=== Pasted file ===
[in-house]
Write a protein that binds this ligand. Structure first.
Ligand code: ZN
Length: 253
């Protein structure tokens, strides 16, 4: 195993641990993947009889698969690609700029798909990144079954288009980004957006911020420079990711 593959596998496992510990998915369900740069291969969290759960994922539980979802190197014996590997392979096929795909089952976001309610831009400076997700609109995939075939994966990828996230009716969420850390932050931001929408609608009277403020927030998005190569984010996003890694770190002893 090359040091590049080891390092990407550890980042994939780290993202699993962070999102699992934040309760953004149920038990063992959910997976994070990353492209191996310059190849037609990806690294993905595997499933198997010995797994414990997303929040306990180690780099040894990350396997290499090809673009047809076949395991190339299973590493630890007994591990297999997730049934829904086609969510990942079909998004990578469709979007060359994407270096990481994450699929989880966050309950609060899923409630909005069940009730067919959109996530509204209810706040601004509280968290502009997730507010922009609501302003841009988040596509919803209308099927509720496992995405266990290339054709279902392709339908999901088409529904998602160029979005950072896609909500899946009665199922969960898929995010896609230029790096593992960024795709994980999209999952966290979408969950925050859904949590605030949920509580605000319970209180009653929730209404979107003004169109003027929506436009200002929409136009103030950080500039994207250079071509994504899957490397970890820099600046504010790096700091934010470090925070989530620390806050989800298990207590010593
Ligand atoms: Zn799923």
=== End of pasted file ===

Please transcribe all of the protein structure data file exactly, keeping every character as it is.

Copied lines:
[in-house]
Write a protein that binds this ligand. Structure first.
Ligand code: ZN
Length: 253
């Protein structure tokens, strides 16, 4: 195993641990993947009889698969690609700029798909990144079954288009980004957006911020420079990711 593959596998496992510990998915369900740069291969969290759960994922539980979802190197014996590997392979096929795909089952976001309610831009400076997700609109995939075939994966990828996230009716969420850390932050931001929408609608009277403020927030998005190569984010996003890694770190002893 090359040091590049080891390092990407550890980042994939780290993202699993962070999102699992934040309760953004149920038990063992959910997976994070990353492209191996310059190849037609990806690294993905595997499933198997010995797994414990997303929040306990180690780099040894990350396997290499090809673009047809076949395991190339299973590493630890007994591990297999997730049934829904086609969510990942079909998004990578469709979007060359994407270096990481994450699929989880966050309950609060899923409630909005069940009730067919959109996530509204209810706040601004509280968290502009997730507010922009609501302003841009988040596509919803209308099927509720496992995405266990290339054709279902392709339908999901088409529904998602160029979005950072896609909500899946009665199922969960898929995010896609230029790096593992960024795709994980999209999952966290979408969950925050859904949590605030949920509580605000319970209180009653929730209404979107003004169109003027929506436009200002929409136009103030950080500039994207250079071509994504899957490397970890820099600046504010790096700091934010470090925070989530620390806050989800298990207590010593
Ligand atoms: Zn799923």